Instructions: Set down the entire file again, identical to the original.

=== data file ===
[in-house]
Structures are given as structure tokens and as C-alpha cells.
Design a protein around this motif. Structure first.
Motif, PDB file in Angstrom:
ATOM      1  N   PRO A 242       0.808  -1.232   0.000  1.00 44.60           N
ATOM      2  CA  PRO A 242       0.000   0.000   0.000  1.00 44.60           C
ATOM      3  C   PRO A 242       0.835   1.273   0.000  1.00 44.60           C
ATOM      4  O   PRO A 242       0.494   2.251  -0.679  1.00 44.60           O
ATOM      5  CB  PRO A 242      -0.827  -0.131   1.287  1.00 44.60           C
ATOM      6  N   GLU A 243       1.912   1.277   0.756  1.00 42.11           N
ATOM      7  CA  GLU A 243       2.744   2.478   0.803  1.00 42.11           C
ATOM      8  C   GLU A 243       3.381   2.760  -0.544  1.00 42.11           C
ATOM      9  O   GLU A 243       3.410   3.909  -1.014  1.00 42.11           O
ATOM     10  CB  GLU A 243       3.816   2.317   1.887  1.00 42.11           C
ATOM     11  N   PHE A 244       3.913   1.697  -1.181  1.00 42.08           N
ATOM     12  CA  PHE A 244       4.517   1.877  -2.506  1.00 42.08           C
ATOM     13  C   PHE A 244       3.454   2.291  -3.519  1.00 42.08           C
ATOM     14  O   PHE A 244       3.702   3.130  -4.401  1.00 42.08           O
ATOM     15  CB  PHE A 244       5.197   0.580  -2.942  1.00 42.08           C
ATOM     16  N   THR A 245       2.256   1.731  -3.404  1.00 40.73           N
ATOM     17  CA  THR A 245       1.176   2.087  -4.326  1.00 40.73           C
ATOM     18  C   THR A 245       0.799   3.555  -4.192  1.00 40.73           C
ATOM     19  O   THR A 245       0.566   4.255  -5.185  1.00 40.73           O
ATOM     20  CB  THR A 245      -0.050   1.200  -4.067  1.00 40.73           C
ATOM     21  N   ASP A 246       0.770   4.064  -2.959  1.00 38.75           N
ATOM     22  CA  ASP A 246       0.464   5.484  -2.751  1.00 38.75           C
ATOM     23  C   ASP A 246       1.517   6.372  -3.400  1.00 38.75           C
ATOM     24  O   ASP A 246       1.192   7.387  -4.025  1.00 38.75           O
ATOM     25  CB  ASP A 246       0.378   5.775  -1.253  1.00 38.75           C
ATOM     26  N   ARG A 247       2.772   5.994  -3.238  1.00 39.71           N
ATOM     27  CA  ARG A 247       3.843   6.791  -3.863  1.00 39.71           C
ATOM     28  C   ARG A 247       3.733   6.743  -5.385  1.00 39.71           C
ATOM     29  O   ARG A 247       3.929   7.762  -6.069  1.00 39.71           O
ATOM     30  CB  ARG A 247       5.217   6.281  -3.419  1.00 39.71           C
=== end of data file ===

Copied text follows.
[in-house]
Structures are given as structure tokens and as C-alpha cells.
Design a protein around this motif. Structure first.
Motif, PDB file in Angstrom:
ATOM      1  N   PRO A 242       0.808  -1.232   0.000  1.00 44.60           N
ATOM      2  CA  PRO A 242       0.000   0.000   0.000  1.00 44.60           C
ATOM      3  C   PRO A 242       0.835   1.273   0.000  1.00 44.60           C
ATOM      4  O   PRO A 242       0.494   2.251  -0.679  1.00 44.60           O
ATOM      5  CB  PRO A 242      -0.827  -0.131   1.287  1.00 44.60           C
ATOM      6  N   GLU A 243       1.912   1.277   0.756  1.00 42.11           N
ATOM      7  CA  GLU A 243       2.744   2.478   0.803  1.00 42.11           C
ATOM      8  C   GLU A 243       3.381   2.760  -0.544  1.00 42.11           C
ATOM      9  O   GLU A 243       3.410   3.909  -1.014  1.00 42.11           O
ATOM     10  CB  GLU A 243       3.816   2.317   1.887  1.00 42.11           C
ATOM     11  N   PHE A 244       3.913   1.697  -1.181  1.00 42.08           N
ATOM     12  CA  PHE A 244       4.517   1.877  -2.506  1.00 42.08           C
ATOM     13  C   PHE A 244       3.454   2.291  -3.519  1.00 42.08           C
ATOM     14  O   PHE A 244       3.702   3.130  -4.401  1.00 42.08           O
ATOM     15  CB  PHE A 244       5.197   0.580  -2.942  1.00 42.08           C
ATOM     16  N   THR A 245       2.256   1.731  -3.404  1.00 40.73           N
ATOM     17  CA  THR A 245       1.176   2.087  -4.326  1.00 40.73           C
ATOM     18  C   THR A 245       0.799   3.555  -4.192  1.00 40.73           C
ATOM     19  O   THR A 245       0.566   4.255  -5.185  1.00 40.73           O
ATOM     20  CB  THR A 245      -0.050   1.200  -4.067  1.00 40.73           C
ATOM     21  N   ASP A 246       0.770   4.064  -2.959  1.00 38.75           N
ATOM     22  CA  ASP A 246       0.464   5.484  -2.751  1.00 38.75           C
ATOM     23  C   ASP A 246       1.517   6.372  -3.400  1.00 38.75           C
ATOM     24  O   ASP A 246       1.192   7.387  -4.025  1.00 38.75           O
ATOM     25  CB  ASP A 246       0.378   5.775  -1.253  1.00 38.75           C
ATOM     26  N   ARG A 247       2.772   5.994  -3.238  1.00 39.71           N
ATOM     27  CA  ARG A 247       3.843   6.791  -3.863  1.00 39.71           C
ATOM     28  C   ARG A 247       3.733   6.743  -5.385  1.00 39.71           C
ATOM     29  O   ARG A 247       3.929   7.762  -6.069  1.00 39.71           O
ATOM     30  CB  ARG A 247       5.217   6.281  -3.419  1.00 39.71           C